Approximately 40,000 people belonging to the Ogiek hunter-gatherer community live in the Mau forest in Kenya, which is rapidly being lost to logging, tea plantations and illegal settlements. Despite the Ogiek being guardians of these precious landscapes, the Kenyan government began to forcefully evict and relocate them with the stated aim of conserving the remaining forests.
To the Ogiek, the forest is their single most important resource and a means of livelihood. The forest is a source of food, shelter and medicine, and where most of their rituals are practiced. Traditionally hunter-gatherers, the Ogiek’s main activity is apiculture, and honey their flagship product.
“It is painful to see women and children suffer during violent evictions, some of which happened at night,” says Mrs Sara, a 75-year-old Ogiek elder who has witnessed community members being beaten up and killed as they tried to stand up for their right to stay on their land.
In 2012, the African Commission on Human and Peoples Rights referred the Ogiek case to the African Court on Human and Peoples Rights (ACHPR) – and on 26 May 2017, the court delivered a landmark judgment, finding that the Kenyan Government had violated the Ogiek’s right to property, non-discrimination, culture, religion, development and natural resources. But the ruling has not yet been implemented, despite the formation of two government task forces in which the Ogiek are not included.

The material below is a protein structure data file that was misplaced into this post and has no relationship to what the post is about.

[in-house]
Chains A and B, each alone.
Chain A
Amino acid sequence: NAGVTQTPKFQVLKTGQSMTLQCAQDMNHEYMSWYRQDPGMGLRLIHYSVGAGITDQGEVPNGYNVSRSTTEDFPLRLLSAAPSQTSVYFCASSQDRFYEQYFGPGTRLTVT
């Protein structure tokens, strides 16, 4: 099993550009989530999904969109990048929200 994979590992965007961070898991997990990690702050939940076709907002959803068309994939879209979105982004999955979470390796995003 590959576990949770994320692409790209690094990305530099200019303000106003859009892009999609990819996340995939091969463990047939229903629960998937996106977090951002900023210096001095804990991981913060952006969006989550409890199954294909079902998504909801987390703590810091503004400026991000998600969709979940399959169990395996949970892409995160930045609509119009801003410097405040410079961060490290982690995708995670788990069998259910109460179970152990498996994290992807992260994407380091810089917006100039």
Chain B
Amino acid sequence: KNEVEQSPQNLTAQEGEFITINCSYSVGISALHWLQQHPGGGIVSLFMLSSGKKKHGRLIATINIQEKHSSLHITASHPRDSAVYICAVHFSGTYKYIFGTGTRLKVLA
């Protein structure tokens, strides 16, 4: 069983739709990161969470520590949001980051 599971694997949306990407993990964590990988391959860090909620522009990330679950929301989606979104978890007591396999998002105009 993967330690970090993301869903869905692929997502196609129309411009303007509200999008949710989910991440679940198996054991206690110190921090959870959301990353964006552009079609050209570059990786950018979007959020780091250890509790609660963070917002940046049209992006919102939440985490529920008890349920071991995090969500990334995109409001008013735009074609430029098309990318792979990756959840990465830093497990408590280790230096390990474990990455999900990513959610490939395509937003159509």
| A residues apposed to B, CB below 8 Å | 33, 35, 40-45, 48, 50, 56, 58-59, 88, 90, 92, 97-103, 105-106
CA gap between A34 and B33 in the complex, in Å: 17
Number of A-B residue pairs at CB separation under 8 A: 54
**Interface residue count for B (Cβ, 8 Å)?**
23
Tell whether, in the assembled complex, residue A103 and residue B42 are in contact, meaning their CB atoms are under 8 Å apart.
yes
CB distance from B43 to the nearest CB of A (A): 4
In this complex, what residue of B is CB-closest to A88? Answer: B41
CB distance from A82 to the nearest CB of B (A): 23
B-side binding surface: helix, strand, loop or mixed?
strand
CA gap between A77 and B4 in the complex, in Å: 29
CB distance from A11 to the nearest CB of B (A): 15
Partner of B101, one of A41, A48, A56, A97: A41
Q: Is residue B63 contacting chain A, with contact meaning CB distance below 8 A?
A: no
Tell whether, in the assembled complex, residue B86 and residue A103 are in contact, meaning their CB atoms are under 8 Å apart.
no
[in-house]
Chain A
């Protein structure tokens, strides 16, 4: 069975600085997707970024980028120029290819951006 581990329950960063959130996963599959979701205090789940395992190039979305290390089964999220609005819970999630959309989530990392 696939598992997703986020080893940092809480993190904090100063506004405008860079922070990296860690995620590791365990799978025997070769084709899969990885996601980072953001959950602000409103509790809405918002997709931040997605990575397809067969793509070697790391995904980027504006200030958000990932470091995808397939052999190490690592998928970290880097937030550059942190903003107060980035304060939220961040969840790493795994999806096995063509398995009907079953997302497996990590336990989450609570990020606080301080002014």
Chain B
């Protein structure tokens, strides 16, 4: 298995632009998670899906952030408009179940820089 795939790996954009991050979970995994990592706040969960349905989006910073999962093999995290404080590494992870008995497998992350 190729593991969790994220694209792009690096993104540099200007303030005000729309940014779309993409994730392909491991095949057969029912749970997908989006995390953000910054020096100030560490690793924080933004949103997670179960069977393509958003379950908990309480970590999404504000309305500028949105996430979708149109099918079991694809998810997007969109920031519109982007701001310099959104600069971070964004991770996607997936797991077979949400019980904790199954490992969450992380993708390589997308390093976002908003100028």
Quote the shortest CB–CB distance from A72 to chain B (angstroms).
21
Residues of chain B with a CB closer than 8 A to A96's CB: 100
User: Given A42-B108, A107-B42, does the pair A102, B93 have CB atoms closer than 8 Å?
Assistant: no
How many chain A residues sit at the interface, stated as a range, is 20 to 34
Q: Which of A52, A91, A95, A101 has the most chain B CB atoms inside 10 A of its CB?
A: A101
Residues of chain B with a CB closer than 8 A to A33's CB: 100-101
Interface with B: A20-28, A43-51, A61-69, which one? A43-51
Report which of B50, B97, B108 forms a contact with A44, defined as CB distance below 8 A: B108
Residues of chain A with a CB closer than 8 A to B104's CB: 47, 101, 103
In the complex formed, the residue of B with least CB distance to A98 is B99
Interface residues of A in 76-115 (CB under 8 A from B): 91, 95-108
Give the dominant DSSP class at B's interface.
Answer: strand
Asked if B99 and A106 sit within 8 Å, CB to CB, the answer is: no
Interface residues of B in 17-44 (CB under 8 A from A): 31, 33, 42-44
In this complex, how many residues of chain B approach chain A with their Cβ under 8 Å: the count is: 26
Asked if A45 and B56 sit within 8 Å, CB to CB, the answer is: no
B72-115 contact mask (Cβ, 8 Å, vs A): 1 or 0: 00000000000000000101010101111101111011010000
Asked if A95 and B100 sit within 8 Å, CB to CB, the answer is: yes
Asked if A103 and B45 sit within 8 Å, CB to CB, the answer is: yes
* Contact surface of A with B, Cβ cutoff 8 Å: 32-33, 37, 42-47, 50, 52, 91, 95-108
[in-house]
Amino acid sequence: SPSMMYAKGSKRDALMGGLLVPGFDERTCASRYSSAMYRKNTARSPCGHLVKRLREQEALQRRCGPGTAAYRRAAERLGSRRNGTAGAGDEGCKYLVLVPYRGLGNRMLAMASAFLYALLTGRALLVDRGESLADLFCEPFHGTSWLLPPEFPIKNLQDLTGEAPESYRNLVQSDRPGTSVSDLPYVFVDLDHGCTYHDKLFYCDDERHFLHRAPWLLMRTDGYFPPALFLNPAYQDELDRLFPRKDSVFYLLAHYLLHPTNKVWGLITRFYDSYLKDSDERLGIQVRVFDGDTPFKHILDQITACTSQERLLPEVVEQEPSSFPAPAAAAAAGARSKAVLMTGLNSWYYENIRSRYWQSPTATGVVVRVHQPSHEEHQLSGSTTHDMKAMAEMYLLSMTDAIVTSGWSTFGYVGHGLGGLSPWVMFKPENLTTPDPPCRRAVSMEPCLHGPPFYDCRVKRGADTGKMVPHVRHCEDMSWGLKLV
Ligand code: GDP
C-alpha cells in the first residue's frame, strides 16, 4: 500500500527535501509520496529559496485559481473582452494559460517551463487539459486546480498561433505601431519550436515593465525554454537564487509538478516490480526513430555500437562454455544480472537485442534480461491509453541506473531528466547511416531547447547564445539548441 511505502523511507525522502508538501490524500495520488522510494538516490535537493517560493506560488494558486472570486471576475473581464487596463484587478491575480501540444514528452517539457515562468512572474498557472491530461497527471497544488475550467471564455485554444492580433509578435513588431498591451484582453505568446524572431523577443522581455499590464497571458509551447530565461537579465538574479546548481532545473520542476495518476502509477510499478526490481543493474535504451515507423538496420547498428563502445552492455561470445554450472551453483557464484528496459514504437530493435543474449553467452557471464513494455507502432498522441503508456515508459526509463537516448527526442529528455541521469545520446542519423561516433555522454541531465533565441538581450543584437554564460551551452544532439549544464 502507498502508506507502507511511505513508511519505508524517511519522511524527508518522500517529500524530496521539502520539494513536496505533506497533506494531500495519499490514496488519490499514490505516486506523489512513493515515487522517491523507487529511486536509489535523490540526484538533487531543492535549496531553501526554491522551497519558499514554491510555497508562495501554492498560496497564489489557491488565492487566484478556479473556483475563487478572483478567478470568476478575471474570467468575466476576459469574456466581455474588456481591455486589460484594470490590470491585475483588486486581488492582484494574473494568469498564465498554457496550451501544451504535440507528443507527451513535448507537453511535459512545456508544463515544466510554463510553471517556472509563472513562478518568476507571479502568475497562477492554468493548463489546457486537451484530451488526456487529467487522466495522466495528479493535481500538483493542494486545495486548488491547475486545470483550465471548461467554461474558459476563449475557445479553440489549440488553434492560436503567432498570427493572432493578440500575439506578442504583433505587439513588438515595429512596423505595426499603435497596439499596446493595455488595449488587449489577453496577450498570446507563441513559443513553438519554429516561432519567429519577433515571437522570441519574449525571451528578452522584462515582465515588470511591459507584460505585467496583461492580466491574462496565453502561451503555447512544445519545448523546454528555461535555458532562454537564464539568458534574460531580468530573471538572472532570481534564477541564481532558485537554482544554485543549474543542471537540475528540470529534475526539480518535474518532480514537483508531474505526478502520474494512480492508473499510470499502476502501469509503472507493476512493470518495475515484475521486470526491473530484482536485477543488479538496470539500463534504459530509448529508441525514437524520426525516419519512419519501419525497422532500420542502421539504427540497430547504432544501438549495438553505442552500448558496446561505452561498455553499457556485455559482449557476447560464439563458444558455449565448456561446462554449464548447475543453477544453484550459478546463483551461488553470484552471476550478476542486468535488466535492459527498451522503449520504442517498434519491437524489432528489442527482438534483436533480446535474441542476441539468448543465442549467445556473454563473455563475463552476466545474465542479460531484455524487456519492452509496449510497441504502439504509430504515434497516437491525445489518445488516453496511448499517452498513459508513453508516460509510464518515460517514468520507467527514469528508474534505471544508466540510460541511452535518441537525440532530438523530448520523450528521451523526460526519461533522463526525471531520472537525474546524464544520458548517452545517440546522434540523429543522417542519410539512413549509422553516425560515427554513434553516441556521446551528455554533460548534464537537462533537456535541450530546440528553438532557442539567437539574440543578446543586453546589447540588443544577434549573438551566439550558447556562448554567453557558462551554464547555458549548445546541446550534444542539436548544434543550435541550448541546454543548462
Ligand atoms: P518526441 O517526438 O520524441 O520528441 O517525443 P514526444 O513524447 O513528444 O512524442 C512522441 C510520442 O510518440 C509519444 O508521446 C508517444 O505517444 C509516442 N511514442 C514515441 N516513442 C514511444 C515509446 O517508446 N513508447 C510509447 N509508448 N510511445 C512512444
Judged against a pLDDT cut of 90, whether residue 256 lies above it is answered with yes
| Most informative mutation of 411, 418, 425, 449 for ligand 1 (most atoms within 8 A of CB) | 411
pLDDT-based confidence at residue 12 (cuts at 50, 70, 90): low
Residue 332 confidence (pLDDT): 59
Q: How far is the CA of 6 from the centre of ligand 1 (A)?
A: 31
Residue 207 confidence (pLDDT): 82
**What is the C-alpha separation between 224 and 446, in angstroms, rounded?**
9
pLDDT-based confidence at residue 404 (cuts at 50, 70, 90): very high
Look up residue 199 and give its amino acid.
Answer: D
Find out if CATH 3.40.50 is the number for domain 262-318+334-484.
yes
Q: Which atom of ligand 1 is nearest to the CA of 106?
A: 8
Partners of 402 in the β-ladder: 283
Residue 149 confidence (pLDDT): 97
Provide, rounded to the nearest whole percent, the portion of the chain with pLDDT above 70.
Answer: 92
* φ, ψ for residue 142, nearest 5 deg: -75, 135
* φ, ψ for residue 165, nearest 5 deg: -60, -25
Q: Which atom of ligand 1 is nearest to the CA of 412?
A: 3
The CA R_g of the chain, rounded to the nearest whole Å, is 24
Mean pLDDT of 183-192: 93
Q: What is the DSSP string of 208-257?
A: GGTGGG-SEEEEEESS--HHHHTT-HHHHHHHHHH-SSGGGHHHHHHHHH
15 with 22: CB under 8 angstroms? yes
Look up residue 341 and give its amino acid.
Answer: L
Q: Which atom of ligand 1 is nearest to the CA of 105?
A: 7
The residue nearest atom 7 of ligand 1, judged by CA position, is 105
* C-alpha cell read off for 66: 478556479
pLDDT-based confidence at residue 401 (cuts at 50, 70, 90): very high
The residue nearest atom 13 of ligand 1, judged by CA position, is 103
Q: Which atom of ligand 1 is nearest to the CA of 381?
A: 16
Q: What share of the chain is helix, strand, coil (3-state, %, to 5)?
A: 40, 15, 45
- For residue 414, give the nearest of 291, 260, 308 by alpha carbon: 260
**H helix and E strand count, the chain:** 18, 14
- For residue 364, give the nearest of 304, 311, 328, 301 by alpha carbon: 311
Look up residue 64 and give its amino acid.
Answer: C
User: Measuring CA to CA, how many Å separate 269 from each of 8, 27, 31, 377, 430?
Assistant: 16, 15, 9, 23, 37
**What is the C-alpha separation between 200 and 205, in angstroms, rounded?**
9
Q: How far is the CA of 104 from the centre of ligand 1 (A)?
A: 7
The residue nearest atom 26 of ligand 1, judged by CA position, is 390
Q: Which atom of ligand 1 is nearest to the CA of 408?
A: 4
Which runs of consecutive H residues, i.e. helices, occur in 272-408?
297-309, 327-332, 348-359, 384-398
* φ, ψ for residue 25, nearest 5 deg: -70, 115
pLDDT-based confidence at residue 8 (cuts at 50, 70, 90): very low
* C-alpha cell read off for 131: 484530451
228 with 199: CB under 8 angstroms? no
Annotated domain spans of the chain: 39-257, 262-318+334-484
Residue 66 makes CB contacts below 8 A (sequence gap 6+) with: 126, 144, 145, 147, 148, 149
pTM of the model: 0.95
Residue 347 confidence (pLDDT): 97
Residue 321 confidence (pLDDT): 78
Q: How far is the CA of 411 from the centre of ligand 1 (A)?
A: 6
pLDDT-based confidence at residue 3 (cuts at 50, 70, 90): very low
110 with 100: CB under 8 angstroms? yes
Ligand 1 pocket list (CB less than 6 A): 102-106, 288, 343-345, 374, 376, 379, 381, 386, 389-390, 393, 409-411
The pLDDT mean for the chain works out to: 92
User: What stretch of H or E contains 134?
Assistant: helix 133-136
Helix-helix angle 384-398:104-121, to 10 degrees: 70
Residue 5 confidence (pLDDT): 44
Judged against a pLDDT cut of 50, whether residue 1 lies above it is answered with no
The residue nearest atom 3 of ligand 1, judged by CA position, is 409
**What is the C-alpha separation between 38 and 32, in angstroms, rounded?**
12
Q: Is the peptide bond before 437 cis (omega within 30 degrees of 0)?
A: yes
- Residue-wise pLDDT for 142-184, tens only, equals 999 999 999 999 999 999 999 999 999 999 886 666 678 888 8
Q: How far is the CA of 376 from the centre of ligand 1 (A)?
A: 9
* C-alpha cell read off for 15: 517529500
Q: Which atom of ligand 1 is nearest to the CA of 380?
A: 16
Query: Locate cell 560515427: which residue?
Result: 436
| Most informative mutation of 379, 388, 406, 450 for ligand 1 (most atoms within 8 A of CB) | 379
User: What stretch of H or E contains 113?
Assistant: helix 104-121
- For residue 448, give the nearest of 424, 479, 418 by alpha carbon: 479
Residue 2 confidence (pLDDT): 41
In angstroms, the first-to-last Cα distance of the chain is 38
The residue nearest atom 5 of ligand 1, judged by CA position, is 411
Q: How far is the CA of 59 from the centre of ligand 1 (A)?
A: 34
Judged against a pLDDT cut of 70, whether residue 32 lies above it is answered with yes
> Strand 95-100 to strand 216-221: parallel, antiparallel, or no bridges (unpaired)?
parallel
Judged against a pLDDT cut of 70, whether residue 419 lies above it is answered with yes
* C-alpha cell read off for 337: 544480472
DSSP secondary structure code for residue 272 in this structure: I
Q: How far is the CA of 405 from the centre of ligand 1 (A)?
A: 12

The Ogiek case is important for many similar cases across Africa, where governments urgently need to support justice for Indigenous Peoples and local communities through the establishment of mechanisms to restore land and remedy land rights violations.
- The Government of Kenya must act now to restore the Ogiek’s land and compensate them for the losses they incurred over many years.
- The national parliament should approve regulations under the 2016 Community Land Act to enable all communities, including the Ogiek, to formally apply for ownership of their lands.
Land Rights Now participant: Ogiek Peoples’ Development Program.
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